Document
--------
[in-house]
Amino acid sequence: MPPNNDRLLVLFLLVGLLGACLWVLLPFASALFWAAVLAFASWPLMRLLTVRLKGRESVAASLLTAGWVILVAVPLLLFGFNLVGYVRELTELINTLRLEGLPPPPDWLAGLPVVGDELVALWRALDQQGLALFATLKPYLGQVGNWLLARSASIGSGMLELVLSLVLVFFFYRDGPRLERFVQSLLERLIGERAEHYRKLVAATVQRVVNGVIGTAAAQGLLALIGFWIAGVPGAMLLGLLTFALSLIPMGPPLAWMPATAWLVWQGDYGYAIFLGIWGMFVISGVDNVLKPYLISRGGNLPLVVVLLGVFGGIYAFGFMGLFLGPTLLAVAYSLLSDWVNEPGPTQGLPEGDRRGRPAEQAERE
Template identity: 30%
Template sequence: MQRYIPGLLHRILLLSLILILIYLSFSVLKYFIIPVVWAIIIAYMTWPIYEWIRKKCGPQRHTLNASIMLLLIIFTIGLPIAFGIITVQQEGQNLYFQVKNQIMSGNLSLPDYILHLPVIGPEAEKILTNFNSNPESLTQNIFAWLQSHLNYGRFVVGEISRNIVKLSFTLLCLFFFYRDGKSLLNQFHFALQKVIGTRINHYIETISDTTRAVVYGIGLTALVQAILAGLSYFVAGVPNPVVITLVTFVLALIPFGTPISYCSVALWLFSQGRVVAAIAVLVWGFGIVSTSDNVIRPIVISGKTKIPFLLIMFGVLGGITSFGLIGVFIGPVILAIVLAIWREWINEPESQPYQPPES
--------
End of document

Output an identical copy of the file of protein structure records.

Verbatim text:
[in-house]
Amino acid sequence: MPPNNDRLLVLFLLVGLLGACLWVLLPFASALFWAAVLAFASWPLMRLLTVRLKGRESVAASLLTAGWVILVAVPLLLFGFNLVGYVRELTELINTLRLEGLPPPPDWLAGLPVVGDELVALWRALDQQGLALFATLKPYLGQVGNWLLARSASIGSGMLELVLSLVLVFFFYRDGPRLERFVQSLLERLIGERAEHYRKLVAATVQRVVNGVIGTAAAQGLLALIGFWIAGVPGAMLLGLLTFALSLIPMGPPLAWMPATAWLVWQGDYGYAIFLGIWGMFVISGVDNVLKPYLISRGGNLPLVVVLLGVFGGIYAFGFMGLFLGPTLLAVAYSLLSDWVNEPGPTQGLPEGDRRGRPAEQAERE
Template identity: 30%
Template sequence: MQRYIPGLLHRILLLSLILILIYLSFSVLKYFIIPVVWAIIIAYMTWPIYEWIRKKCGPQRHTLNASIMLLLIIFTIGLPIAFGIITVQQEGQNLYFQVKNQIMSGNLSLPDYILHLPVIGPEAEKILTNFNSNPESLTQNIFAWLQSHLNYGRFVVGEISRNIVKLSFTLLCLFFFYRDGKSLLNQFHFALQKVIGTRINHYIETISDTTRAVVYGIGLTALVQAILAGLSYFVAGVPNPVVITLVTFVLALIPFGTPISYCSVALWLFSQGRVVAAIAVLVWGFGIVSTSDNVIRPIVISGKTKIPFLLIMFGVLGGITSFGLIGVFIGPVILAIVLAIWREWINEPESQPYQPPES